ALM Properties, Inc.
Page printed from: Corporate Counsel
Select 'Print' in your browser menu to print this document.
Big Data Technology
Law Technology News
In the course of reporting our October cover story, "Defending Big Data," Law Technology News sent out a request for information to legal technology vendors that participated in LegalTech New York 2012. We acknowledged the emergence of Big Data and the tension that exists in mining, exploiting, and monetizing customer data versus the security and privacy of that data. We then asked the vendors "if they have launched or will be launching products and services addressing Big Data." LTN received a number of responses that show that, for the most part, that legal technologies addressing Big Data are focused on the production of evidence in litigation and government investigations, and not the extraction of customer or consumer preference.
Paul Bond, partner at Reed Smith, said in the cover story that Big Data "is used to characterize the escalating accumulation of data, especially the data sets too large, too raw, or too unstructured for analysis by conventional techniques." Bond's reference to "conventional techniques" is to the use of relational databases which do a great job managing uniform data in data sets that we thought were large, until Big Data, he said.
As the standard for big data sets gave way to Big Data, relational databases mostly couldn't keep pace, said Bond. "The profound coordination that relational databases offered turned from asset to liability. They couldn't scale fast enough [or] adapt quickly enough to the chaos that comprises Big Data." As a result, we see businesses and service providers turning to NoSQL and newer data management programs with less need for unified infrastructure, he said. "It's like we moved from a Newtonian universe of data organization into something more local and relativistic, and the story is just getting out."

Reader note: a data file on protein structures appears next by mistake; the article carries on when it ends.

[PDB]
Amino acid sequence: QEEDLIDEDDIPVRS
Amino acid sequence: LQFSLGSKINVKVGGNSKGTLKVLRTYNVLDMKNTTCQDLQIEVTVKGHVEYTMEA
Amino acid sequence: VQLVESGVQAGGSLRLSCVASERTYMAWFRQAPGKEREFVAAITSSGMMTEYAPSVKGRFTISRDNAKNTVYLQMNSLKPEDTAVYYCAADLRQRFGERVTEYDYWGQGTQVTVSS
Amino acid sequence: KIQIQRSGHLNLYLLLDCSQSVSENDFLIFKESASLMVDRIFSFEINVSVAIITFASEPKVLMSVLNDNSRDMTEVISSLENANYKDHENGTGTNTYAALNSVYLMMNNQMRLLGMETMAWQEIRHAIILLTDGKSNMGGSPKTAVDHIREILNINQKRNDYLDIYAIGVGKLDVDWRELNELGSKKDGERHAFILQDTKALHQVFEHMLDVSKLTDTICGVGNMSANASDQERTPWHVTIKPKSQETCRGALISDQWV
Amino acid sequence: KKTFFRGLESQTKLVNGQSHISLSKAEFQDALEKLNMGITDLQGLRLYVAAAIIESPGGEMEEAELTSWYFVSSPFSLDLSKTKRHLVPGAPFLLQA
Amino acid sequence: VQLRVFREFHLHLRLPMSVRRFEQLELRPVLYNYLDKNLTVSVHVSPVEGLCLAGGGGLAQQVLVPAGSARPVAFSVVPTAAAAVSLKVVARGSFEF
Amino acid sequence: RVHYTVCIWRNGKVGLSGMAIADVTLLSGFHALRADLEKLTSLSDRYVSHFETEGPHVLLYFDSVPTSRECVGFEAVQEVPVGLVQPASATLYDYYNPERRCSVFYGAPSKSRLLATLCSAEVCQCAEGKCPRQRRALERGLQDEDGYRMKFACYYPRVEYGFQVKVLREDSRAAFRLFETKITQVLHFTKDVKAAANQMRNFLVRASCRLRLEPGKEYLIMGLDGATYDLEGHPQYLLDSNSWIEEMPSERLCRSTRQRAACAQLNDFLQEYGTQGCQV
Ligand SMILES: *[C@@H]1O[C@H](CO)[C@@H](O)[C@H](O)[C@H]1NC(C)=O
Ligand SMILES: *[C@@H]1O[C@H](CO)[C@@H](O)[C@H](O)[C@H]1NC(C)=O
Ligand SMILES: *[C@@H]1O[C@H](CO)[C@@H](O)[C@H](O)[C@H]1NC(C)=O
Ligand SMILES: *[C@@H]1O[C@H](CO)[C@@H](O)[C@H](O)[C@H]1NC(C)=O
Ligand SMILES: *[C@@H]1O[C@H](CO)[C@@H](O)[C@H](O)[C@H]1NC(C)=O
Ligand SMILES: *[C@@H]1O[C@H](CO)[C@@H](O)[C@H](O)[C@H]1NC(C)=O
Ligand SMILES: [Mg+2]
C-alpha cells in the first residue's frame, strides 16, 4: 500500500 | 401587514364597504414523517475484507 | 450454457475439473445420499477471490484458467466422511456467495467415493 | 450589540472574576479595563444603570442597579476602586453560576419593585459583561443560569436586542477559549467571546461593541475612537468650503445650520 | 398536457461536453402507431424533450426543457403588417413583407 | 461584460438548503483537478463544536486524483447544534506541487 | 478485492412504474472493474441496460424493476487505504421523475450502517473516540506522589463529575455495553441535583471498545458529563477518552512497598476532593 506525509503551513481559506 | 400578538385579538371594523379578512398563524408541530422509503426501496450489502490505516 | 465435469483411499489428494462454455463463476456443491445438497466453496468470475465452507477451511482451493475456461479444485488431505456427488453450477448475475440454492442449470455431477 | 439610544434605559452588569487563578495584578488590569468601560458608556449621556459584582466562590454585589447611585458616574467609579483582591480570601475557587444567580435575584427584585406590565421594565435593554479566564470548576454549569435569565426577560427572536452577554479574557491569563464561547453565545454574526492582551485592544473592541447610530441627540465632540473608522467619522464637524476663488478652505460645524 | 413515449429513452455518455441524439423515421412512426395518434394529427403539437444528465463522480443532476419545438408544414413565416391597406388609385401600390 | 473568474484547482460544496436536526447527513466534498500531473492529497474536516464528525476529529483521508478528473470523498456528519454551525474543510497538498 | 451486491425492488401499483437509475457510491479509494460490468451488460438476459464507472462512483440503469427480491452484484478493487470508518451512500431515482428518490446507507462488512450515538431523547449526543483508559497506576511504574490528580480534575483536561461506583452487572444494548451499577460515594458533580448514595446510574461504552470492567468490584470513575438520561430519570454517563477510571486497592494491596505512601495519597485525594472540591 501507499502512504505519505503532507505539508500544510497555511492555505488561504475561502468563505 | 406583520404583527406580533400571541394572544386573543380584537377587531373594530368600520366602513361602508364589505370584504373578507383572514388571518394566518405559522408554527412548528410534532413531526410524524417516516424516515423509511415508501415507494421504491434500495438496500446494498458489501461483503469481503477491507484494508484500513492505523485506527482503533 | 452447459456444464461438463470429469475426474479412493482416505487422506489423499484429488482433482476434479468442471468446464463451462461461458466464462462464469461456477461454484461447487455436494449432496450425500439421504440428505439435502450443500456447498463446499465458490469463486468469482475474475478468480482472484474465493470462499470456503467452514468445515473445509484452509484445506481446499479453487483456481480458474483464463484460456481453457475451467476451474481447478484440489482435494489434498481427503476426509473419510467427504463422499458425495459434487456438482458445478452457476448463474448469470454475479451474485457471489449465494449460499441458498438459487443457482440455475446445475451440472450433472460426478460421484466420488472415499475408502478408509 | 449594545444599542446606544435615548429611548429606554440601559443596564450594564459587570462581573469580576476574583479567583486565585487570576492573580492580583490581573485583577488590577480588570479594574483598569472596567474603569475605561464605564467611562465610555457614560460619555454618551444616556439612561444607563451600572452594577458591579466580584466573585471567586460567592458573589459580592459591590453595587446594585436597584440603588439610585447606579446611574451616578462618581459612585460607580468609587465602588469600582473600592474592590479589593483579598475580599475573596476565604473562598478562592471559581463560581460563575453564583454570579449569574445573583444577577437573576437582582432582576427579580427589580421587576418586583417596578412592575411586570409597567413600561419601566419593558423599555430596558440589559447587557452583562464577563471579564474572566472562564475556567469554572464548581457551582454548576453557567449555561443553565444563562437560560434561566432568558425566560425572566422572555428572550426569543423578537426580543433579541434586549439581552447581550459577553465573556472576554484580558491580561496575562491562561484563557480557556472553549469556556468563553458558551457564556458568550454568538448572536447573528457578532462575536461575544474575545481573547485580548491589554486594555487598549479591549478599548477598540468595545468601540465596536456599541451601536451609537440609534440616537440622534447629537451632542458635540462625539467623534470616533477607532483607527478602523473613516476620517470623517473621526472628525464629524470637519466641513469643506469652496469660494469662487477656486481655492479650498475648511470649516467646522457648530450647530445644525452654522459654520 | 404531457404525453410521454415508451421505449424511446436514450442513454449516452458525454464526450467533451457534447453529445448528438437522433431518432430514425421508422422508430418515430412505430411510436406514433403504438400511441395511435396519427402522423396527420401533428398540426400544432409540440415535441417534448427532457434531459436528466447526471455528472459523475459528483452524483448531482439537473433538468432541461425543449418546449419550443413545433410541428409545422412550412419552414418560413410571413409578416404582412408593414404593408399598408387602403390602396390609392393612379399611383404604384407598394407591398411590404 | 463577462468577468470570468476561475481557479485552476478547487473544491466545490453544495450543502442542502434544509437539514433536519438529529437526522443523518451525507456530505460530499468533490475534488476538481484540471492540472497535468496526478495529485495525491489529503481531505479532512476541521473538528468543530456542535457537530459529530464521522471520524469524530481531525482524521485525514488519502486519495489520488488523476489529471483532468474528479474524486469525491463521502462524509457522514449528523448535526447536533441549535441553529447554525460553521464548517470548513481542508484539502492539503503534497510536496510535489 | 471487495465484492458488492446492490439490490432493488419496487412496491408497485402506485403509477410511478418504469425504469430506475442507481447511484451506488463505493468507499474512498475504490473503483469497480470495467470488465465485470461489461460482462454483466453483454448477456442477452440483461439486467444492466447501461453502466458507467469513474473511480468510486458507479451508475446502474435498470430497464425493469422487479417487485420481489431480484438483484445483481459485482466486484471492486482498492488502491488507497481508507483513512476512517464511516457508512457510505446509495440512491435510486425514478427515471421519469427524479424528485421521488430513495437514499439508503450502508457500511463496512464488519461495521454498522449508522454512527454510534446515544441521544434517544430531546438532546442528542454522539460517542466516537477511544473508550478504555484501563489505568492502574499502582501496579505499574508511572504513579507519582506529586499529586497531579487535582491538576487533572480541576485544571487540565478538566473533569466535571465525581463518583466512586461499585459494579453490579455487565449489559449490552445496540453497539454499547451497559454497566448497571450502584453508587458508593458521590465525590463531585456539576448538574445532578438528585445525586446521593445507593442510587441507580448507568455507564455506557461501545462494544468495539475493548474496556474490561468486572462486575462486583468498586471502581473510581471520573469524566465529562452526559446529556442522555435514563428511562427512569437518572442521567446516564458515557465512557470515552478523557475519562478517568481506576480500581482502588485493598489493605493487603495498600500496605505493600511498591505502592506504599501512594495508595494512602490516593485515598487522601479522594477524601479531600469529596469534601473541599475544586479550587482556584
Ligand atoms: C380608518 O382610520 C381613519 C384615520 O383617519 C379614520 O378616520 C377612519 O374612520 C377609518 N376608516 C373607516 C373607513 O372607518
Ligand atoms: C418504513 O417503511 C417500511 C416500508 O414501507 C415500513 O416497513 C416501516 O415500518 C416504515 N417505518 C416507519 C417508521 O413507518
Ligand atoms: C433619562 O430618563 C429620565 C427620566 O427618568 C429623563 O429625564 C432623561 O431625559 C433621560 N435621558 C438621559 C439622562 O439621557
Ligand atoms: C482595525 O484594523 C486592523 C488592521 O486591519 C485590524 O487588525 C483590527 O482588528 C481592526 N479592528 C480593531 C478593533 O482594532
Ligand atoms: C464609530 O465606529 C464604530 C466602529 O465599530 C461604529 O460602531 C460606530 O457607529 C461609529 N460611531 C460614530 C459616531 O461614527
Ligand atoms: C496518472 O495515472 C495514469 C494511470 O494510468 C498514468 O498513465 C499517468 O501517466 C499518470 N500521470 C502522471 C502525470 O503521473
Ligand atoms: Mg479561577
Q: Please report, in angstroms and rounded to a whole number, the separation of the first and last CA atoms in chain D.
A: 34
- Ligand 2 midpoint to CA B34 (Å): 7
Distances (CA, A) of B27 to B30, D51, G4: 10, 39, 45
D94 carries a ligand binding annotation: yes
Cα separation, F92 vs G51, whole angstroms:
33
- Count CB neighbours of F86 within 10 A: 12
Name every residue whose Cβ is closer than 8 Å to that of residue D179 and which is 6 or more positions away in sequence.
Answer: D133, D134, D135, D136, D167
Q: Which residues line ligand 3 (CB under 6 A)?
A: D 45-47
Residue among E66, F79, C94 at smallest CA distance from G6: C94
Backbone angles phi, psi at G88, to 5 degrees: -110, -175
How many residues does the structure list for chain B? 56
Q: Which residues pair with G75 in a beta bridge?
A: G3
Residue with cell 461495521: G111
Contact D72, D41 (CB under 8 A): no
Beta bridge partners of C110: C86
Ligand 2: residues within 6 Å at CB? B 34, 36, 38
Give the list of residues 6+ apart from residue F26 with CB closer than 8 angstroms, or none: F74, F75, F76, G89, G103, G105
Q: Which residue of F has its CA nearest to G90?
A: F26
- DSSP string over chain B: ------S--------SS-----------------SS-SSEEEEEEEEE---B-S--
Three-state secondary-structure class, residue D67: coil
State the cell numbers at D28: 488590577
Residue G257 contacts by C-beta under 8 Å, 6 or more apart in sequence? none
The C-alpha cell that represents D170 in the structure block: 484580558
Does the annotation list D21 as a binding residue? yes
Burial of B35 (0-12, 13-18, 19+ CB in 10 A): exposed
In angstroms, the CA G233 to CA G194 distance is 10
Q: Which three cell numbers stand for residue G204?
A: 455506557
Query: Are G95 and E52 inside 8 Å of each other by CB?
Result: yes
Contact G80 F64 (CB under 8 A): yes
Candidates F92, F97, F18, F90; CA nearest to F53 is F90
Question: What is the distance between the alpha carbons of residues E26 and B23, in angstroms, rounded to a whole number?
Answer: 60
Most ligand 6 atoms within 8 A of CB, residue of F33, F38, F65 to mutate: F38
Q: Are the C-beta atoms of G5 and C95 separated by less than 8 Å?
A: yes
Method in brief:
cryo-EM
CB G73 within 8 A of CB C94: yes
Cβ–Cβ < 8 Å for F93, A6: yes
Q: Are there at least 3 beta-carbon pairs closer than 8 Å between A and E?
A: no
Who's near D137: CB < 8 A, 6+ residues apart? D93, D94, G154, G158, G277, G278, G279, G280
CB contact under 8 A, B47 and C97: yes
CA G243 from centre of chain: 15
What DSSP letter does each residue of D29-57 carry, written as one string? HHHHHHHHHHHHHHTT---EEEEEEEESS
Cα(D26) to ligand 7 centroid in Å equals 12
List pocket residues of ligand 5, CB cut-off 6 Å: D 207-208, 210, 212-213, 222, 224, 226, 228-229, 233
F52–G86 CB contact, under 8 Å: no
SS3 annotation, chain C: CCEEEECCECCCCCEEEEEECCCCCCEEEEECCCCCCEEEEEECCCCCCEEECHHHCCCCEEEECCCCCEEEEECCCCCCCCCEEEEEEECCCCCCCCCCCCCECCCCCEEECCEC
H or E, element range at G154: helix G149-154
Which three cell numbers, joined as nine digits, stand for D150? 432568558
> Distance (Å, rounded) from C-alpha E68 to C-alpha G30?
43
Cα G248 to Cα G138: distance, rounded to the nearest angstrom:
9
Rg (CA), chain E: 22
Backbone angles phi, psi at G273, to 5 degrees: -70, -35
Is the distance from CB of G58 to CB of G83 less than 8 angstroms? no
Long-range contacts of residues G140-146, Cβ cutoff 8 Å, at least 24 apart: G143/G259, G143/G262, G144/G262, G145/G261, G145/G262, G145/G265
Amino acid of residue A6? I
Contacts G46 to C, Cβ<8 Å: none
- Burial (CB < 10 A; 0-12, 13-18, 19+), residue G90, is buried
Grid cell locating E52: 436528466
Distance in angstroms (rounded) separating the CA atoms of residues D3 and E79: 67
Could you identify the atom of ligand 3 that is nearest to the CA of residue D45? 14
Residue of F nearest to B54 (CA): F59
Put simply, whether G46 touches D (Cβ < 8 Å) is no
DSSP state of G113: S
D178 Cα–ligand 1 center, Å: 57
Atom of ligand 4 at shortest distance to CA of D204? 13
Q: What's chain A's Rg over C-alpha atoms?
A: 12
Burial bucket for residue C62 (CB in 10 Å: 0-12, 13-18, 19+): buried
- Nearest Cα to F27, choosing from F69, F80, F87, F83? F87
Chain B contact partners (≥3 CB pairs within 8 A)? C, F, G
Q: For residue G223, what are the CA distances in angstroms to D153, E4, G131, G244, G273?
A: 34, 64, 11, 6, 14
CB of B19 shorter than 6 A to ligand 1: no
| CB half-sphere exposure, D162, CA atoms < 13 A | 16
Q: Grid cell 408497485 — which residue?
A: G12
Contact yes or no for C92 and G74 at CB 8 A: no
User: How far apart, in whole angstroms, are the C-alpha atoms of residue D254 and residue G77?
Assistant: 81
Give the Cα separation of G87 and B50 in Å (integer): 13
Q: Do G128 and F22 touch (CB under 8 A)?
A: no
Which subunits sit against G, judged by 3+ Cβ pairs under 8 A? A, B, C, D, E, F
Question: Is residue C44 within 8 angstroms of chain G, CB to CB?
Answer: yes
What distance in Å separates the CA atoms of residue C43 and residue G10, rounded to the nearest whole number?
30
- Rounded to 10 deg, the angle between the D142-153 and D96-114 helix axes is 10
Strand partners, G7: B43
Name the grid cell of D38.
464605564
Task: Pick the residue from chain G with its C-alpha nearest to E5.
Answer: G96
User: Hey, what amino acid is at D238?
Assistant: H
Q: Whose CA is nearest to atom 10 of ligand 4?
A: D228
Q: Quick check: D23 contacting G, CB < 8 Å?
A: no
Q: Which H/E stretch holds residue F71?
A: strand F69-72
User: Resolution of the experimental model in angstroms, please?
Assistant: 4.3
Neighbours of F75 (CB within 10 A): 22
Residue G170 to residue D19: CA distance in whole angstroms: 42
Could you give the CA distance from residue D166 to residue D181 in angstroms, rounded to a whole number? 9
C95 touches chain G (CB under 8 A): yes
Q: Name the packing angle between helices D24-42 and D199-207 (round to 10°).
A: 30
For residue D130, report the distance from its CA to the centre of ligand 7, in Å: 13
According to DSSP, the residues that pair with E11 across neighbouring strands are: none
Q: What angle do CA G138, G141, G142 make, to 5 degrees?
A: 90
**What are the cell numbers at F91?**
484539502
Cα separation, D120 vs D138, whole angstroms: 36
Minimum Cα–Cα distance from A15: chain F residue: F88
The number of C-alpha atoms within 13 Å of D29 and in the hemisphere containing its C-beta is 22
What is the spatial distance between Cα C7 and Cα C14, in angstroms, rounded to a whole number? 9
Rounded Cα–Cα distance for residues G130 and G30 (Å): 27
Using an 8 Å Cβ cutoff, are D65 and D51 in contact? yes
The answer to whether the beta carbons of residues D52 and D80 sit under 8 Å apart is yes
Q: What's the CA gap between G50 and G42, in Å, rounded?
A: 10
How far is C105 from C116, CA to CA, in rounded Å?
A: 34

As Bond said, Big Data is moving products and services to satisfy "local and relativistic" customer needs. And legal technology customers have different needs in Big Data than manufacturers and distributors of consumer products and services such as Amazon, Netflix, and Target.
Jeremy Pickens, senior applied research scientist at Catalyst Repository Systems, speaking for himself and not Catalyst, believes that electronic data discovery "is not amenable to many of the approaches that are currently in Big Data vogue."
"The whole premise behind Big Data is that you have thousands or millions of users engaged with a particular system," said Pickens. Each user repeating (perhaps with slight variation) the same task, he explained. "From this repetition and variation you can extract information and make predictions about what future users will do."
Brian Kawasaki, executive vice president of technology solutions at Advanced Discovery, which offers investigatory and litigation services, was not sure if his company "gravitated to truly non-EDD" opportunities to handle Big Data. Advanced Discovery manages ESI to output evidentiary data, said Kawasaki.
If Advanced Discovery's e-discovery technologies were reworked to capitalize on Big Data, the company "wouldn't necessarily have a good story there," said Kawasaki. But if Big Data is defined in terms of extracting evidence from volumes of data, said Kawasaki, then Advanced Discovery can build ways to do that and make corporations feel more in control of their data from an e-discovery perspective.
Although Big Data is handled differently in the legal sector than the consumer sector, the technologies used to manage and mine all that data can share the same challenges. According to Robert Miller, of the Rise Advisory Group, there is a growing interest among corporate buyers to understand and manage Big Data. The challenge to date, according to Miller, has been threefold: what technology to use; where to apply it; and whether the organization has sufficient expertise to implement and monitor the software.